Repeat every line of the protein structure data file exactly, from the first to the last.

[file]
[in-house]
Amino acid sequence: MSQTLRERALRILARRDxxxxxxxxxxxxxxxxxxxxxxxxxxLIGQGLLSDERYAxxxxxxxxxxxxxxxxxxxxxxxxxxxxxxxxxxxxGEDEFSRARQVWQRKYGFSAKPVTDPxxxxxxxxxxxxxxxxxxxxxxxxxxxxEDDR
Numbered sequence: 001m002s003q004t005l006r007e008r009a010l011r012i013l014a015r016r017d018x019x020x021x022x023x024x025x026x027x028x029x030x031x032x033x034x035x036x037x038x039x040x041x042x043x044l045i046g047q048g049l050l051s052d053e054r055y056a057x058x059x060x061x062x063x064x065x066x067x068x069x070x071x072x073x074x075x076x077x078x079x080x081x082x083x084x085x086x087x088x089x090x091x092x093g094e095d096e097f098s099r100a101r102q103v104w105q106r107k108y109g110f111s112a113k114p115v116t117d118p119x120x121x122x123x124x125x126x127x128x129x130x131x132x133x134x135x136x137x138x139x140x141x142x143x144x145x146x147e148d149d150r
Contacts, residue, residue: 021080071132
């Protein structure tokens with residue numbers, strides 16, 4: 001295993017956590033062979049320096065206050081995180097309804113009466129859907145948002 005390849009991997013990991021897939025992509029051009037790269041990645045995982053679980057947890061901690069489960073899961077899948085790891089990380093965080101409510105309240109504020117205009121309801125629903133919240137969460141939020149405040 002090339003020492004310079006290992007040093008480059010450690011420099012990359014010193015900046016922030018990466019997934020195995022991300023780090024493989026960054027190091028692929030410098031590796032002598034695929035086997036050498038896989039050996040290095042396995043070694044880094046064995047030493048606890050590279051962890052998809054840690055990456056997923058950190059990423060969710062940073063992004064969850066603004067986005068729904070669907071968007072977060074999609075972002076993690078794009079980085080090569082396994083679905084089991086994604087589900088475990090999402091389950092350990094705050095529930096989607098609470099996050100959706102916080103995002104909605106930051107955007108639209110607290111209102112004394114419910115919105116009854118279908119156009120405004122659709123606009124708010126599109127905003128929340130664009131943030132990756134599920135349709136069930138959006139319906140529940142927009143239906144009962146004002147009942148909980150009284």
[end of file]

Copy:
[in-house]
Amino acid sequence: MSQTLRERALRILARRDxxxxxxxxxxxxxxxxxxxxxxxxxxLIGQGLLSDERYAxxxxxxxxxxxxxxxxxxxxxxxxxxxxxxxxxxxxGEDEFSRARQVWQRKYGFSAKPVTDPxxxxxxxxxxxxxxxxxxxxxxxxxxxxEDDR
Numbered sequence: 001m002s003q004t005l006r007e008r009a010l011r012i013l014a015r016r017d018x019x020x021x022x023x024x025x026x027x028x029x030x031x032x033x034x035x036x037x038x039x040x041x042x043x044l045i046g047q048g049l050l051s052d053e054r055y056a057x058x059x060x061x062x063x064x065x066x067x068x069x070x071x072x073x074x075x076x077x078x079x080x081x082x083x084x085x086x087x088x089x090x091x092x093g094e095d096e097f098s099r100a101r102q103v104w105q106r107k108y109g110f111s112a113k114p115v116t117d118p119x120x121x122x123x124x125x126x127x128x129x130x131x132x133x134x135x136x137x138x139x140x141x142x143x144x145x146x147e148d149d150r
Contacts, residue, residue: 021080071132
């Protein structure tokens with residue numbers, strides 16, 4: 001295993017956590033062979049320096065206050081995180097309804113009466129859907145948002 005390849009991997013990991021897939025992509029051009037790269041990645045995982053679980057947890061901690069489960073899961077899948085790891089990380093965080101409510105309240109504020117205009121309801125629903133919240137969460141939020149405040 002090339003020492004310079006290992007040093008480059010450690011420099012990359014010193015900046016922030018990466019997934020195995022991300023780090024493989026960054027190091028692929030410098031590796032002598034695929035086997036050498038896989039050996040290095042396995043070694044880094046064995047030493048606890050590279051962890052998809054840690055990456056997923058950190059990423060969710062940073063992004064969850066603004067986005068729904070669907071968007072977060074999609075972002076993690078794009079980085080090569082396994083679905084089991086994604087589900088475990090999402091389950092350990094705050095529930096989607098609470099996050100959706102916080103995002104909605106930051107955007108639209110607290111209102112004394114419910115919105116009854118279908119156009120405004122659709123606009124708010126599109127905003128929340130664009131943030132990756134599920135349709136069930138959006139319906140529940142927009143239906144009962146004002147009942148909980150009284």